Paying the Bills
We all have to do it if we want to live in a house, have groceries, electricity, heat, air conditioning, a car. We can finagle for awhile without paying the bills, but the bank will show up eventually.
I do have a friend who kept the bank away for nine years using the Americans with Disabilities Act, but that’s another story.
Back in the ’80s when money was growing on trees, we all knew we could borrow all we wanted because stock and real estate values were increasing, not to mention information technology salaries would be going up forever, and we’d be able to pay everyone back by selling an inflated asset any time we wanted.
It took awhile, and took the “busting” of the mortgage fraud (encouraged by government mandates to get low income people into home ownership); but the magic wealth dried up, and we’re nearly in line for apples. Or is it selling apples on the street corner?
Which brings us to another story. The current unrest in the Middle East was touched off by an out-of-work guy in Tunisia, who set himself on fire because the government wouldn’t let him sell fruit to make some money. Economic downturns and excessive government control can have broad repercussions.
So, now, after a couple of ill-advised wars, the spending of money in the Social Security Trust for other things, a healthcare reform act that mandates payments and private choices, but completely fails to address the costs of healthcare, even the always-wealthy United States finds itself broke.
Still, we have politics and our 24-7 news coverage, working for self aggrandizement and, in the case of the news, high ratings standing in the way of what needs to happen.
We still, in the end, need to pay the bills.
How much money is wasted every day paying people in Washington to act for political gain rather than to benefit the country? There is waste throughout government just waiting to be addressed. There must be logical thinking out there somewhere. We need defense, a social safety net for the helpless, some national standards for food, education, business practices, health care practices, basic transportation, national security, and freedom.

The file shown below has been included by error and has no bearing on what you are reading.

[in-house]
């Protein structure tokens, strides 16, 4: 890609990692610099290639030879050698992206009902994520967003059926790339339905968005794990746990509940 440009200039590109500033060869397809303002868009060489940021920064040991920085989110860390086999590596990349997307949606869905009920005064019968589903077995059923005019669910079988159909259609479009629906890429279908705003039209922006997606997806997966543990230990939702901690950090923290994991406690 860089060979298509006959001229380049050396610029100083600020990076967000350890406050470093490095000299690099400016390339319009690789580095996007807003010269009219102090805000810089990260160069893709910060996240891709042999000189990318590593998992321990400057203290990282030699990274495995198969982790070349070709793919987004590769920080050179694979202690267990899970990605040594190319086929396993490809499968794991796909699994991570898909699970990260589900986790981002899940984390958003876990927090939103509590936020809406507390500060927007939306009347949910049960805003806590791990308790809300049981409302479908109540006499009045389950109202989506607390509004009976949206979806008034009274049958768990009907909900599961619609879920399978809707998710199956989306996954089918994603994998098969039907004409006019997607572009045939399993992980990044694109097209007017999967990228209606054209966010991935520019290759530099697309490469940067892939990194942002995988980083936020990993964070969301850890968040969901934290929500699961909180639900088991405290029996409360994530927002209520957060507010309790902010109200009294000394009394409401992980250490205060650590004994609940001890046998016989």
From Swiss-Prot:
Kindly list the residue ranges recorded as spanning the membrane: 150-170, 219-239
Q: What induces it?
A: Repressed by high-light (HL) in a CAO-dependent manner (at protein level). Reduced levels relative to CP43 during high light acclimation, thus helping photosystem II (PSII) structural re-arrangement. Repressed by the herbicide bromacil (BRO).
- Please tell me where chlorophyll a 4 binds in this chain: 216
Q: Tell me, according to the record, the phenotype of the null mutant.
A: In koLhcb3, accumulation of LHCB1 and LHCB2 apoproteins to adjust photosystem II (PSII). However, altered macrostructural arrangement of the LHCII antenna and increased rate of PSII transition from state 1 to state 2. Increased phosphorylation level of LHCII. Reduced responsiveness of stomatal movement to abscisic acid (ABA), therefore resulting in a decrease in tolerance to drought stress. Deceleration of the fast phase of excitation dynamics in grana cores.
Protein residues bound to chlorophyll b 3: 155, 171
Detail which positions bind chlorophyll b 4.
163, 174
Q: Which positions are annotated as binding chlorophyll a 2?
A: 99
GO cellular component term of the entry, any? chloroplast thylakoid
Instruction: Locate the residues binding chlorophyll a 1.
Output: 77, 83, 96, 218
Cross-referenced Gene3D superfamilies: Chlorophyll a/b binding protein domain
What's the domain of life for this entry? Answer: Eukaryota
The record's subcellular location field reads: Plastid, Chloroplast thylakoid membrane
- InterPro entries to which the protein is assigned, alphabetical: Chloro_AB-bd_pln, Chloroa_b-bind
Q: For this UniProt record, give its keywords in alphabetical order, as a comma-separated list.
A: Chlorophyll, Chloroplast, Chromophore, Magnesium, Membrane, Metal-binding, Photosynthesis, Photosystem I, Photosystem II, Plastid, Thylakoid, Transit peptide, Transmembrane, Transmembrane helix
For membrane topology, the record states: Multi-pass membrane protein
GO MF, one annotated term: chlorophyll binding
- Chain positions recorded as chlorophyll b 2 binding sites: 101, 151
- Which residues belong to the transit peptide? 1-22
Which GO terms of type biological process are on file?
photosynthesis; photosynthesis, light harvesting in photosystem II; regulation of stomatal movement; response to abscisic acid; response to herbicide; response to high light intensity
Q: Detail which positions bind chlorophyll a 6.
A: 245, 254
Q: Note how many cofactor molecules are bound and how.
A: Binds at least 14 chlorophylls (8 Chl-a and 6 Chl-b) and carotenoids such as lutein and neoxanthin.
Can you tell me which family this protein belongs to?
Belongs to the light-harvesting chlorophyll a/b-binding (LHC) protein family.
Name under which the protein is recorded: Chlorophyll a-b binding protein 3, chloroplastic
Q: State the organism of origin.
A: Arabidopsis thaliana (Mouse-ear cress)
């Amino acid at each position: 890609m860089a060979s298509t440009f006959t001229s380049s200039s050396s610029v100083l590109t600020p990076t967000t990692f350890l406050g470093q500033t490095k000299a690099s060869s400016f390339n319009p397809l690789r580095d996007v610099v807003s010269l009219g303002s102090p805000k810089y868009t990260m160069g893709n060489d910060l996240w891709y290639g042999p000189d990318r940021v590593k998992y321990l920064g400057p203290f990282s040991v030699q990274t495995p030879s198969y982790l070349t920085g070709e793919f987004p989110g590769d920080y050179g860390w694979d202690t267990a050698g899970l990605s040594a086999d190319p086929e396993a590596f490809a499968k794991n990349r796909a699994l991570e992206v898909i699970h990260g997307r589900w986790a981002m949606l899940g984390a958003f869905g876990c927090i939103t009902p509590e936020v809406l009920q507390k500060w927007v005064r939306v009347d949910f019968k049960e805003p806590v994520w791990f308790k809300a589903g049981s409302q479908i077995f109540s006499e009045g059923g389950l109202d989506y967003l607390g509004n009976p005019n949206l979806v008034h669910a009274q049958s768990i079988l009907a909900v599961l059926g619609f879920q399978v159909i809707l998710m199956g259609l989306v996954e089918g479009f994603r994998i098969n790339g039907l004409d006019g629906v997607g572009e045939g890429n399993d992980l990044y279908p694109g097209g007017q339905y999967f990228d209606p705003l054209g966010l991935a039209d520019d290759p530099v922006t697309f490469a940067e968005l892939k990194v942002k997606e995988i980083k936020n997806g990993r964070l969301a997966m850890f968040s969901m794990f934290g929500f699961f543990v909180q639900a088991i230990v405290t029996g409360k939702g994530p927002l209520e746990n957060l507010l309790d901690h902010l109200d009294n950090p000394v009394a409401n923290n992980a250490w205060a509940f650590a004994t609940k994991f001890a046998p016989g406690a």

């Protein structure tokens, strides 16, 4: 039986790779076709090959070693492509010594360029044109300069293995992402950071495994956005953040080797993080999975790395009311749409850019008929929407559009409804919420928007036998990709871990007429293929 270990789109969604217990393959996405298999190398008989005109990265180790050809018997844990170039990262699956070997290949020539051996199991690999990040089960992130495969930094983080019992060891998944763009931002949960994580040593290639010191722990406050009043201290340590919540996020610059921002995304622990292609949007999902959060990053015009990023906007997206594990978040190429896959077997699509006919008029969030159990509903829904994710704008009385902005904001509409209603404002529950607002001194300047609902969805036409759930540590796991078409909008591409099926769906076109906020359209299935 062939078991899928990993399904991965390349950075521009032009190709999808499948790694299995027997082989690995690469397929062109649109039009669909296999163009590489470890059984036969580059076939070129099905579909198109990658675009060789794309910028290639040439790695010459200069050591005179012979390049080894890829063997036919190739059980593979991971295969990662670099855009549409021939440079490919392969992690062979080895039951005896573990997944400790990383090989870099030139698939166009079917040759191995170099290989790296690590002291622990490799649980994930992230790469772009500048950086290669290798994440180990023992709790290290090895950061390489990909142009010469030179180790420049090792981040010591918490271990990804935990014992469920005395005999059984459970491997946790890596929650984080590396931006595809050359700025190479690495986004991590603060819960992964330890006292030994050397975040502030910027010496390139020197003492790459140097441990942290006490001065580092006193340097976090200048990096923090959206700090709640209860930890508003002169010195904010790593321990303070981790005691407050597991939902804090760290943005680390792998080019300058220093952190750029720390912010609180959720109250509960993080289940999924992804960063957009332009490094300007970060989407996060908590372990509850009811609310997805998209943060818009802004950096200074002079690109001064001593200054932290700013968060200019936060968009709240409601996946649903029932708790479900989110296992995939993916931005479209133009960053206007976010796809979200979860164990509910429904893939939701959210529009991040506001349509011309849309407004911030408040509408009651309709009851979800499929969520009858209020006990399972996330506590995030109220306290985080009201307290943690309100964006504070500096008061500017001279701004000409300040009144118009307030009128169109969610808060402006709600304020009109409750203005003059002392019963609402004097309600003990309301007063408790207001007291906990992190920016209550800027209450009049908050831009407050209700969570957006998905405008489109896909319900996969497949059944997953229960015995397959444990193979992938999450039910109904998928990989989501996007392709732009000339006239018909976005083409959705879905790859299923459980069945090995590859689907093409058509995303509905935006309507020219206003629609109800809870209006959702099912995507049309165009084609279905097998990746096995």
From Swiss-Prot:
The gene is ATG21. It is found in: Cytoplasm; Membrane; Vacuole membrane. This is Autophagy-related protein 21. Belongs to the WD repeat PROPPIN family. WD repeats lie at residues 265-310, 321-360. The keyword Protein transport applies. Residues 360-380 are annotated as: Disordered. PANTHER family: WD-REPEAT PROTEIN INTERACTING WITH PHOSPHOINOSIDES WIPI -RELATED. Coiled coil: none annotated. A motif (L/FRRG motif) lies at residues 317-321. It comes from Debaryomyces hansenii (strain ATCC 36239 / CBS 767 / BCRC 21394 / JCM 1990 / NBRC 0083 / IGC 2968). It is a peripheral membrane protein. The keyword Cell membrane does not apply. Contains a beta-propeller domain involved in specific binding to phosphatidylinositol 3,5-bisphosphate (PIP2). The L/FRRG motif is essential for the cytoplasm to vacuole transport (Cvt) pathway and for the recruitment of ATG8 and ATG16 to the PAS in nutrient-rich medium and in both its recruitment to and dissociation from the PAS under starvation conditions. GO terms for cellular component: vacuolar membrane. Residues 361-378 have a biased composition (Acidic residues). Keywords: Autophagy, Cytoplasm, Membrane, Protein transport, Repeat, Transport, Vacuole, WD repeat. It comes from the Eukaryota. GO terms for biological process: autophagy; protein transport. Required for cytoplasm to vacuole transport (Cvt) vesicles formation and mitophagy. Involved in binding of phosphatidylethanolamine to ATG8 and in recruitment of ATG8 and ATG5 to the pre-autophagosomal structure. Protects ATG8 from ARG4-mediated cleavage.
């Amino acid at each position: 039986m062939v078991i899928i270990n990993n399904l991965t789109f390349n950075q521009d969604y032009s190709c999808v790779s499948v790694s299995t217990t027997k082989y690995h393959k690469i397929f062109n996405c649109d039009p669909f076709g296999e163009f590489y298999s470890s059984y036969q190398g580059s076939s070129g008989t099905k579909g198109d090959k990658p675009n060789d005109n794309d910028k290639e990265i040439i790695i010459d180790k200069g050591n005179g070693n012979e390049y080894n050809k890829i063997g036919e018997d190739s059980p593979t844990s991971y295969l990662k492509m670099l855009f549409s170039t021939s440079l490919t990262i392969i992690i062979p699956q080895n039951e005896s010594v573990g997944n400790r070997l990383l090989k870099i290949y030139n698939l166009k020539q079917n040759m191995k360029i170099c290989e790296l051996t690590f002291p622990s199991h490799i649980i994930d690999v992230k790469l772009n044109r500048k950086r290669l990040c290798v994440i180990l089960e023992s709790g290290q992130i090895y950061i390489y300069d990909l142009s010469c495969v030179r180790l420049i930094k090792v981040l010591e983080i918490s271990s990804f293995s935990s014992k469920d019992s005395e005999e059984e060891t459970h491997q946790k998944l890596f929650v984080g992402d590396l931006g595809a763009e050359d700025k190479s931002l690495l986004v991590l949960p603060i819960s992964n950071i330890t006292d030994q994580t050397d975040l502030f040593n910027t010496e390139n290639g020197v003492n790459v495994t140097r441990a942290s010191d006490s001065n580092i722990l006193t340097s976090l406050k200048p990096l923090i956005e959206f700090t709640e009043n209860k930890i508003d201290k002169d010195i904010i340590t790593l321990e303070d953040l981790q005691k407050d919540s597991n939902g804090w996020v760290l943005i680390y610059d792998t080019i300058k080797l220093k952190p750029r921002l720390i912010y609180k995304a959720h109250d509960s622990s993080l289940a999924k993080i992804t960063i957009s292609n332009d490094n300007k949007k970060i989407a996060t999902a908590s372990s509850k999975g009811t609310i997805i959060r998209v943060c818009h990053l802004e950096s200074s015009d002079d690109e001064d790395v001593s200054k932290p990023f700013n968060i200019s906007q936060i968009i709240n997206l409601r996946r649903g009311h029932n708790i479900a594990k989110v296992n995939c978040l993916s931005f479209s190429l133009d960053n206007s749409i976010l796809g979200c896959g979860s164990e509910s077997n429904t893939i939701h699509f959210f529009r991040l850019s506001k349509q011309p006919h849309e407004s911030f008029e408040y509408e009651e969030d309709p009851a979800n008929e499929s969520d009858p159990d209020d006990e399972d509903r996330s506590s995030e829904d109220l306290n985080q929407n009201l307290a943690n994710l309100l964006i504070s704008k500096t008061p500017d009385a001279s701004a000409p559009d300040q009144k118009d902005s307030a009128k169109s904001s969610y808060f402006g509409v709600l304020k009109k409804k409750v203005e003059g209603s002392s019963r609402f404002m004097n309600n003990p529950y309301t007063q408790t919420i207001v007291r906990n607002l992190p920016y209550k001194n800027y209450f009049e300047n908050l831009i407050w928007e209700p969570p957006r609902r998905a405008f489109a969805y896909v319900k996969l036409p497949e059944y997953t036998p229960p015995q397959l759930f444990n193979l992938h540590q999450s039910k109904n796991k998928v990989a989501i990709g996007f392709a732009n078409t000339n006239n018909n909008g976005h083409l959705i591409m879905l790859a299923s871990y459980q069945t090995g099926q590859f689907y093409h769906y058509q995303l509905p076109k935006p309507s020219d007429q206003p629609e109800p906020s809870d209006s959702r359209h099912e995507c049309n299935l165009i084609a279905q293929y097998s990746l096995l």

The government has taken over personal choices such as retirement savings and healthcare for the elderly; and now they’ve spent the money. We have many, especially government, employees who went to work every day without accomplishing anything special, retiring young with pensions far above the median salaries of currently working people. There are people, again mostly in the public sector, who can retire at 50 and get free medical care for the rest of their lives.
Guess who is paying for it. And guess who has spent the money, so we can no longer afford to keep the promises made.
Take a breath and repeat after me the healing sound of “Om,” before your blood pressure causes a stroke.
In Wisconsin, Gov. Scott Walker (R) is not, as most of the news would have you think, attempting to do away with all collective bargaining for unionized state employees, but only their right to bargain for benefits. If he succeeds, it would help solve not only the immediate budget balancing Wisconsin needs, but also give the state a better long-term shot at fiscal stability.
Here in Frederick, we are experiencing our own pain as the Board of County Commissioners and the Frederick County Board of Education we elected to balance the budget and save us from financial ruin do their jobs.
We have lots of complaints, from their choices to their timing, to how they hold their meetings. They haven’t called every play perfectly, but they are doing the job we elected them to do. They are doing the job that prior misspending and poor judgment here, and throughout the world, caused.
They are paying the bills. It’s never fun, but someone has to do it.